By Ricki Chaikin, Co-Owner Reclaimed Relics as featured on new-series Abandoned

This Coke cooler was recovered from a cotton gin in Watkinsville, Georgia. Founded in the late 1800s, the Thomas Family Cotton Gin is representative of the famed industry of the Old South. Although the gin has been closed since the 1970s, a victim of the declining textile industry, it is a fascinating snapshot of a bygone era.

The cotton gin was invented in 1793 by Eli Whitney. It used a combination of wire screens and small wire hooks to separate cotton fibers from their seeds. These fibers could then be processed into cloth. The cotton gin revolutionized the cotton industry and played an important role in the history of the American south.

This Coke cooler was kept on site at the cotton gin to offer workers a cold, refreshing drink. Coca-Cola had been invented in 1886 by Civil War veteran John Pemberton. In the early years, having a Coke meant sitting at a soda fountain. However, the rising popularity of the Coke cooler in the 1930s meant that the cotton gin workers could have fountain drinks easily accessible to them throughout the day.

Photograph by Reclaimed Relics

 

Given the choice of restoring or re-purposing an object, we take many things into consideration. Whenever possible, and particularly with a nostalgic object such as this, we try to return something to its’ original condition. When restoring an item like this Coke cooler, the goal is to make it look like it did when it came out of the show room sixty years ago. The first thing we did was to take have all of the dents and dings removed by Thornton’s body shop. They did an amazing job of returning the body to its’ nearly perfect original condition. At one time, there were pipes run in and out of the cooler (presumably someone used it as a basin of some sort). They removed those pipes, filled the holes, fixed any other imperfections, soda blasted it and painted it that famous Coca-Cola red. Pinstriper DeWayne Connult then came in and hand painted the white Coca-Cola logos.  From that point, we worked on the original compressor to see if we could bring some life back to it.  And we did—temporarily.  Unfortunately, while the original compressor kept our drinks icy cold for a minute, it quickly sputtered out. While we debated putting a more modern unit on this, we opted not to hoping that we could keep the machine completely original. Rather than make the decision to rebuild the original compressor entirely or replace with a modern compressor, we’ve decided to sell this as-is and leave that decision to its’ next proud owner.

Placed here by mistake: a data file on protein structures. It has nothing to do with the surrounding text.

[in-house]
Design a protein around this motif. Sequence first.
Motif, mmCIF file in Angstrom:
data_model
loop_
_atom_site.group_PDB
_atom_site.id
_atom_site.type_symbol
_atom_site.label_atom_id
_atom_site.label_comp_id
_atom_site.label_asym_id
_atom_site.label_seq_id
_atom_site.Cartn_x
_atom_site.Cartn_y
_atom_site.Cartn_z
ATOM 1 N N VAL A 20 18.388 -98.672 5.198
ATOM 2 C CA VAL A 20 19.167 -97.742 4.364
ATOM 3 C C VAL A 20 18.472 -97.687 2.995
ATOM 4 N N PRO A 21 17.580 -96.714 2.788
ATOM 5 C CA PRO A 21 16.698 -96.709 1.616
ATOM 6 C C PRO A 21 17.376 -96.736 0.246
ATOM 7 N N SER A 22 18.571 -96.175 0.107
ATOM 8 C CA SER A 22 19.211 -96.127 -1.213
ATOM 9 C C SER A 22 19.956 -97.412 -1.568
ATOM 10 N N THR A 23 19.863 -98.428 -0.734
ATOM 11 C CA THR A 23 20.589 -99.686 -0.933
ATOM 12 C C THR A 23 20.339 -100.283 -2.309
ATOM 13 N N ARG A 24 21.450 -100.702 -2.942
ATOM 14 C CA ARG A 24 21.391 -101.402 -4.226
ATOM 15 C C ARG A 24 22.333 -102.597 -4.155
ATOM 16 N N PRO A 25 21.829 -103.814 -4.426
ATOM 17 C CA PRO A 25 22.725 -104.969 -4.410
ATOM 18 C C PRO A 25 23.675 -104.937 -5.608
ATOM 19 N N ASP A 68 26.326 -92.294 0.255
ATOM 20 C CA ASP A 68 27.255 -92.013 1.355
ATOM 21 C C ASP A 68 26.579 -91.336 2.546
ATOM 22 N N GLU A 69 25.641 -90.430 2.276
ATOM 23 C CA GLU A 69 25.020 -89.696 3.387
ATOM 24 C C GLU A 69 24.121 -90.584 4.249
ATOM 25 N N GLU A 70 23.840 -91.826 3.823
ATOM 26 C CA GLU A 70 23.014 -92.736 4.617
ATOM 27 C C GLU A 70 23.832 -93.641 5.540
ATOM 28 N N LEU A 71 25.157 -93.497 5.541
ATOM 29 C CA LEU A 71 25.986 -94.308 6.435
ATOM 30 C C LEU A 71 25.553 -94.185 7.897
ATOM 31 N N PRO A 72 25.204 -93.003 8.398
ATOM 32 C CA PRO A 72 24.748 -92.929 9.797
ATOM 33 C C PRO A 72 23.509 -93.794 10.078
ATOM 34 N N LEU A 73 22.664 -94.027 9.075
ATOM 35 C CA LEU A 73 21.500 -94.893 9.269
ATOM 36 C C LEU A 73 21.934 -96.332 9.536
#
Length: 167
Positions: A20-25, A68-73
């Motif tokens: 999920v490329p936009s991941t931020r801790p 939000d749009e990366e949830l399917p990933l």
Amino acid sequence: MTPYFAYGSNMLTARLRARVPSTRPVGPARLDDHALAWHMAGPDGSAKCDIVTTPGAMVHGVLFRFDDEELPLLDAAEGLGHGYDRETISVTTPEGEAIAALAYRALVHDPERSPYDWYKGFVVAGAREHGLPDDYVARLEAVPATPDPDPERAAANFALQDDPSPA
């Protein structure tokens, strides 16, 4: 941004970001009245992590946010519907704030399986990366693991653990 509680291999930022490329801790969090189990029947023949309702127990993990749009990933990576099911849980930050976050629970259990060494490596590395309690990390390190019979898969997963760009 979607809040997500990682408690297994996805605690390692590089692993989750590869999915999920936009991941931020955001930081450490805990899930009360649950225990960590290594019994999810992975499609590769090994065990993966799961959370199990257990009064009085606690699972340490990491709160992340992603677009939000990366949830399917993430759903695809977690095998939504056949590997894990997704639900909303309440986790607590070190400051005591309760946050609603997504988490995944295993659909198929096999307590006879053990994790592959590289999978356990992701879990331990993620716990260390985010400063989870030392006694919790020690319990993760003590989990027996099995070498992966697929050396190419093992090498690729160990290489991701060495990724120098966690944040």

Over a century after its founding, the Coca-Cola brand is a worldwide leader in the beverage industry and an icon of American culture. This Coke cooler, restored to the way it would have looked to its original users, embodies both the industry of the American South and the intrinsic Americana of Coca-Cola. Whether restored completely to a working cooler or re-purposed for some other use, we hope that you and yours enjoy a Coke, a smile and fond memories of times bygone.

For more information on how you can purchase this cooler, visit Reclaimed Relics and browse other finds from the Georgia Cotton Gin.